Black People : Detroit's Bailout: Real Or Hype?

Discussion in 'Black People Open Forum' started by chuck, Nov 8, 2014.

  1. chuck

    chuck Well-Known Member MEMBER

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  2. Kemetstry

    Kemetstry going above and beyond PREMIUM MEMBER

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    :bs: Where are the jobs? None of the new developments guarantee locals work.





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  3. chuck

    chuck Well-Known Member MEMBER

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    Considering what the sister retiree brought up during her interview, I am also starting to believe you and/or my former black detroit neighbors have awfully short memory spans, etc.

    I. e., the agenda-- after the Detroit Rebellion of 1967-- was DISINVESTMENT--by the white powers that be, as regarded most (if not all) of the white private sector, etc.

    So, also don't you and others black Detroiters--not let the present republican white governor etc. blame it all on past black elected officials--including detroit's first black mayor--Coleman A. Young-- and/or the other party who was in power-- at the time....

    FYI
     
  4. chuck

    chuck Well-Known Member MEMBER

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  5. chuck

    chuck Well-Known Member MEMBER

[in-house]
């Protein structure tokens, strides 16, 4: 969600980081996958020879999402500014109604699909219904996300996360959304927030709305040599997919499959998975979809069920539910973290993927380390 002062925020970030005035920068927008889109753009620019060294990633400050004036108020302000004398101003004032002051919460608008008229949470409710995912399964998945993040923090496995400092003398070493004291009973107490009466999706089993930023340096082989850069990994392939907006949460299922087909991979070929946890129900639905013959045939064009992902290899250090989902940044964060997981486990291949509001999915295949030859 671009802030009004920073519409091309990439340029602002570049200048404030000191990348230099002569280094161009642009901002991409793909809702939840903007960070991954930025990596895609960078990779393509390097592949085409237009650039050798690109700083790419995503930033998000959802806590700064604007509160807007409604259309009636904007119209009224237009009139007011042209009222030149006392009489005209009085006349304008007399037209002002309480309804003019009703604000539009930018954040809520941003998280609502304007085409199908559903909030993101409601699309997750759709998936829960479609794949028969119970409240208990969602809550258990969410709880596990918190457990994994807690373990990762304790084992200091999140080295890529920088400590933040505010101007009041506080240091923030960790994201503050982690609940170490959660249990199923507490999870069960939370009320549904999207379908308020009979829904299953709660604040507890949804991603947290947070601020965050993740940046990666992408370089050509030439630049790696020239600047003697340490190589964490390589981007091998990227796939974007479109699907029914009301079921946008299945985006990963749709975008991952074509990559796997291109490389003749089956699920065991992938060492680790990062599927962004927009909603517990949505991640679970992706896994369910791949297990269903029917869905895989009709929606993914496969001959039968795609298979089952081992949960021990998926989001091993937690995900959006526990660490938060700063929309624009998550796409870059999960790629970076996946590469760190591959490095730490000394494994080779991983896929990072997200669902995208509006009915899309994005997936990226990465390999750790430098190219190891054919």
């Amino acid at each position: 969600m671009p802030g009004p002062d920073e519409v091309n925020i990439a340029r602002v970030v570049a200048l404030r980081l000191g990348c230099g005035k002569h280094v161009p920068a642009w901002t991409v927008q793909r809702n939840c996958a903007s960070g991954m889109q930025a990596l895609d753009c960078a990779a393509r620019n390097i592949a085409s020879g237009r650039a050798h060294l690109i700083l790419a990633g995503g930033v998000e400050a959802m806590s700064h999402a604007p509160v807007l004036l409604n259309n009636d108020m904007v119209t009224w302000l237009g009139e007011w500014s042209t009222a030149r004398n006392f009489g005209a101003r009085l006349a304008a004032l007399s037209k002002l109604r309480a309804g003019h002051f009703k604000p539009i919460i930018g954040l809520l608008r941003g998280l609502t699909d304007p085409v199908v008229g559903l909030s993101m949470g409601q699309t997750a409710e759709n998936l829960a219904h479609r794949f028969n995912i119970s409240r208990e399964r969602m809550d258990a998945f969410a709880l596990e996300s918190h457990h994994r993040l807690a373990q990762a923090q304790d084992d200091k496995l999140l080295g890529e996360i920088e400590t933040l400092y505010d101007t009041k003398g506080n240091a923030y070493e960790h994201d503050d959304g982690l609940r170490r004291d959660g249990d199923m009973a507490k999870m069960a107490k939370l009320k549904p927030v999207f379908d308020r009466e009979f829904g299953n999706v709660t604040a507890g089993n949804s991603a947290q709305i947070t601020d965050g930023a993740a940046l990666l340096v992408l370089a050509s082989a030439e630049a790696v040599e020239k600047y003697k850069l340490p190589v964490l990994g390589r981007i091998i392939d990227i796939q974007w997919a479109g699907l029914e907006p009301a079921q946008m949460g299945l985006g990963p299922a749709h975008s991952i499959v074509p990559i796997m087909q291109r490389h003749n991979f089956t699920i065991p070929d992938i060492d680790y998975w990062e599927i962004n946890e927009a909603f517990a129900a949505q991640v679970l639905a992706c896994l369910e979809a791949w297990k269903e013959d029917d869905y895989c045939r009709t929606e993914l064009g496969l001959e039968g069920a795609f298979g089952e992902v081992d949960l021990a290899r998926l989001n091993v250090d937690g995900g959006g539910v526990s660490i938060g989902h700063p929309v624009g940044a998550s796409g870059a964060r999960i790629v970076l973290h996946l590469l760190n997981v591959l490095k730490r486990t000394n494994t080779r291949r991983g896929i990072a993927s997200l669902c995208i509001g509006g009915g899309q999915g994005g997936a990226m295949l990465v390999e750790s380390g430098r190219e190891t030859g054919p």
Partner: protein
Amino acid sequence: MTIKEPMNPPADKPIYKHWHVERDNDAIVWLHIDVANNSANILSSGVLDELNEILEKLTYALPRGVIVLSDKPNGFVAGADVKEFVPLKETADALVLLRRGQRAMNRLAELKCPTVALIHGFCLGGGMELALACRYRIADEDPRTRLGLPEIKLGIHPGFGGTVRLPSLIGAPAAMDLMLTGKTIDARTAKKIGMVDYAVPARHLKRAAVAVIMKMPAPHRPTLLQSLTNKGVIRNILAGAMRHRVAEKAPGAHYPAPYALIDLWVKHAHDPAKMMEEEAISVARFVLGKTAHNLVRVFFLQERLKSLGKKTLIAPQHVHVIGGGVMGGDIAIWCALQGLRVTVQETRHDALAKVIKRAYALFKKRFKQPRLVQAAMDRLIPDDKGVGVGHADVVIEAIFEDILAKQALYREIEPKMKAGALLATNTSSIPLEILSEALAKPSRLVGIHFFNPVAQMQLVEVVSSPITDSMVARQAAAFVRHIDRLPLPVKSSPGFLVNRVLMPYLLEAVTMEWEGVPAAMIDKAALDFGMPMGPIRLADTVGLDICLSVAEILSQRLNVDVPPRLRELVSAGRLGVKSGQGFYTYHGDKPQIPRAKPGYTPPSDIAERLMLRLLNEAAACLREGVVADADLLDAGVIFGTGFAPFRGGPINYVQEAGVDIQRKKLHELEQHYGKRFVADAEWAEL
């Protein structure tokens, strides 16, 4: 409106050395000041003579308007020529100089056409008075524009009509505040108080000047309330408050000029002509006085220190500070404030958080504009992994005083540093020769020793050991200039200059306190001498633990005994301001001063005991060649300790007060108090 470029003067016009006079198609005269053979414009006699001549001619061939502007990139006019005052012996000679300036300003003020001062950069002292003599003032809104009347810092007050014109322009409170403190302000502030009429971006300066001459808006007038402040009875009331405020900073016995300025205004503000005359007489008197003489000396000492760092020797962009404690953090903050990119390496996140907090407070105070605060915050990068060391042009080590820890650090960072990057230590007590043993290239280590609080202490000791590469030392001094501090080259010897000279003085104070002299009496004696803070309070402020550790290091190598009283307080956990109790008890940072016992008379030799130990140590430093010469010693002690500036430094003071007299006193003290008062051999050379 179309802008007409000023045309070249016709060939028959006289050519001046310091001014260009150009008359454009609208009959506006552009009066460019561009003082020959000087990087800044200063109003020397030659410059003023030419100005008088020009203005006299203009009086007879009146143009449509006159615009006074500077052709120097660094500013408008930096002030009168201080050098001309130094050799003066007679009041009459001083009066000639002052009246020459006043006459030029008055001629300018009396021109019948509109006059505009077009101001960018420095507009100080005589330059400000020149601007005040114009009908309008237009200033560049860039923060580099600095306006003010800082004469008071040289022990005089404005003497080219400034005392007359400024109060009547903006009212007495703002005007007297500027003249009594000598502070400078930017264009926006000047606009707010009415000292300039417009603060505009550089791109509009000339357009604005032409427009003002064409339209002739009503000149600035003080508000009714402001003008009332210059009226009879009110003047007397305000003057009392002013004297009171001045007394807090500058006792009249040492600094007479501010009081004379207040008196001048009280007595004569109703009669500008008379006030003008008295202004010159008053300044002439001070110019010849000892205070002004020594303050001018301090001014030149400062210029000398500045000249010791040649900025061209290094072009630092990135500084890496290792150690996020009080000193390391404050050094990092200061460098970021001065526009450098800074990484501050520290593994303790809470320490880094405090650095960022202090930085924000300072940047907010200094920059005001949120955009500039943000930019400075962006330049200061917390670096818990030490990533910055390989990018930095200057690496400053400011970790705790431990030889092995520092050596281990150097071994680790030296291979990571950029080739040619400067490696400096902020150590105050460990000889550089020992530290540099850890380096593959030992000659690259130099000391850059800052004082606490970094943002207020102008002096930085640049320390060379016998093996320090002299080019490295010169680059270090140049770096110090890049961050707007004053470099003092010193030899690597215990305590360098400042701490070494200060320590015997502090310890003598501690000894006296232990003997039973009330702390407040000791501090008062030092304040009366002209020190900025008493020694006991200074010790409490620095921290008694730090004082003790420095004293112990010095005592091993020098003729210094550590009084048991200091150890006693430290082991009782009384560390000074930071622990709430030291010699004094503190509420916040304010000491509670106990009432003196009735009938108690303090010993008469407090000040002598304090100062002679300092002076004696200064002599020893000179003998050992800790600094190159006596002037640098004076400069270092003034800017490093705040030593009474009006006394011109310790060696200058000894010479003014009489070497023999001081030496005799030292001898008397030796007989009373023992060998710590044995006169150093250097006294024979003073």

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    As I said before: If they can get away with this here, they're try this where you are too, posters...

    FYI
     
  6. KingSango

    KingSango Banned MEMBER

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    Detroit sits in a very strategic economic position. Its geographic locations finds Detroit as one the few Midwestern cities with a coastal outlet in which trade ships can harbor. What happened to Detroit is the U.S government shut it down by engineering White Flight and economic oppression of Blacks. When someone speaks of the U.S government causing all these urban gentrification events like Detroit and St.Louis don't everybody suddenly get quiet. Uncle Sam is the issue not your local munipalities. Billions is spent on institutions that social engineer racial, economic and poltictical disparities. To fight this is futile, the damage is so extensive it will take Federal undoing that's if you can get them out of the way first. The U.S loves undermining Black development. The U.S loves to war against Black power.